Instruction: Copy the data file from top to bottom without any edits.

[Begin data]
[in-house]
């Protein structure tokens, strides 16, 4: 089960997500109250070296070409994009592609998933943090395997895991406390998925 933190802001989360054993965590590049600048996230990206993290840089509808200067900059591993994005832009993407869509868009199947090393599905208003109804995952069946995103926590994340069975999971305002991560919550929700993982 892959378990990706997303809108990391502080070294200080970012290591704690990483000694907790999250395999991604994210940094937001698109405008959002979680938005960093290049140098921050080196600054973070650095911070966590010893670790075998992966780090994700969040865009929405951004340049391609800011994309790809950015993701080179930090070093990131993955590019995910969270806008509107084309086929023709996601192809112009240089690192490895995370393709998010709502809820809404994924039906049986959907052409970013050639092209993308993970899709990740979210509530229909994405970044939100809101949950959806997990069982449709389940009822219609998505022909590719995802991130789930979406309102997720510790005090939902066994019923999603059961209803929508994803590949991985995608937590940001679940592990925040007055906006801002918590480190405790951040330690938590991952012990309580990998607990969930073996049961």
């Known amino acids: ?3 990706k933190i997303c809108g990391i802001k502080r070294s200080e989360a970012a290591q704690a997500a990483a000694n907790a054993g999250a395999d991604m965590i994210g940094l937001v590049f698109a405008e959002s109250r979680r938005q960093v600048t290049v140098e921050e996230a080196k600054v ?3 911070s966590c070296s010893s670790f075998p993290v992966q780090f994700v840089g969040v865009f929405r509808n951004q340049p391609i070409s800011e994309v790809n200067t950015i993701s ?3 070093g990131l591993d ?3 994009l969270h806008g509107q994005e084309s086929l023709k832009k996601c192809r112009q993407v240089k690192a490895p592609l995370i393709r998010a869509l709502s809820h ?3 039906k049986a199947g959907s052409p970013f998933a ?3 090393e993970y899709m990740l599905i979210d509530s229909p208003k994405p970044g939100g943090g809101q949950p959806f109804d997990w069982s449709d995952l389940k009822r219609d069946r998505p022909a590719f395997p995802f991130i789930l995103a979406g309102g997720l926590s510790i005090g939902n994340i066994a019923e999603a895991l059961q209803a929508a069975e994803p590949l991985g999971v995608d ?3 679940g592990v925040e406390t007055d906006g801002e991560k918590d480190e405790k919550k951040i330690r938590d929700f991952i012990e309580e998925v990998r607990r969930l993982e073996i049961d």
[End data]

[in-house]
């Protein structure tokens, strides 16, 4: 089960997500109250070296070409994009592609998933943090395997895991406390998925 933190802001989360054993965590590049600048996230990206993290840089509808200067900059591993994005832009993407869509868009199947090393599905208003109804995952069946995103926590994340069975999971305002991560919550929700993982 892959378990990706997303809108990391502080070294200080970012290591704690990483000694907790999250395999991604994210940094937001698109405008959002979680938005960093290049140098921050080196600054973070650095911070966590010893670790075998992966780090994700969040865009929405951004340049391609800011994309790809950015993701080179930090070093990131993955590019995910969270806008509107084309086929023709996601192809112009240089690192490895995370393709998010709502809820809404994924039906049986959907052409970013050639092209993308993970899709990740979210509530229909994405970044939100809101949950959806997990069982449709389940009822219609998505022909590719995802991130789930979406309102997720510790005090939902066994019923999603059961209803929508994803590949991985995608937590940001679940592990925040007055906006801002918590480190405790951040330690938590991952012990309580990998607990969930073996049961």
């Known amino acids: ?3 990706k933190i997303c809108g990391i802001k502080r070294s200080e989360a970012a290591q704690a997500a990483a000694n907790a054993g999250a395999d991604m965590i994210g940094l937001v590049f698109a405008e959002s109250r979680r938005q960093v600048t290049v140098e921050e996230a080196k600054v ?3 911070s966590c070296s010893s670790f075998p993290v992966q780090f994700v840089g969040v865009f929405r509808n951004q340049p391609i070409s800011e994309v790809n200067t950015i993701s ?3 070093g990131l591993d ?3 994009l969270h806008g509107q994005e084309s086929l023709k832009k996601c192809r112009q993407v240089k690192a490895p592609l995370i393709r998010a869509l709502s809820h ?3 039906k049986a199947g959907s052409p970013f998933a ?3 090393e993970y899709m990740l599905i979210d509530s229909p208003k994405p970044g939100g943090g809101q949950p959806f109804d997990w069982s449709d995952l389940k009822r219609d069946r998505p022909a590719f395997p995802f991130i789930l995103a979406g309102g997720l926590s510790i005090g939902n994340i066994a019923e999603a895991l059961q209803a929508a069975e994803p590949l991985g999971v995608d ?3 679940g592990v925040e406390t007055d906006g801002e991560k918590d480190e405790k919550k951040i330690r938590d929700f991952i012990e309580e998925v990998r607990r969930l993982e073996i049961d």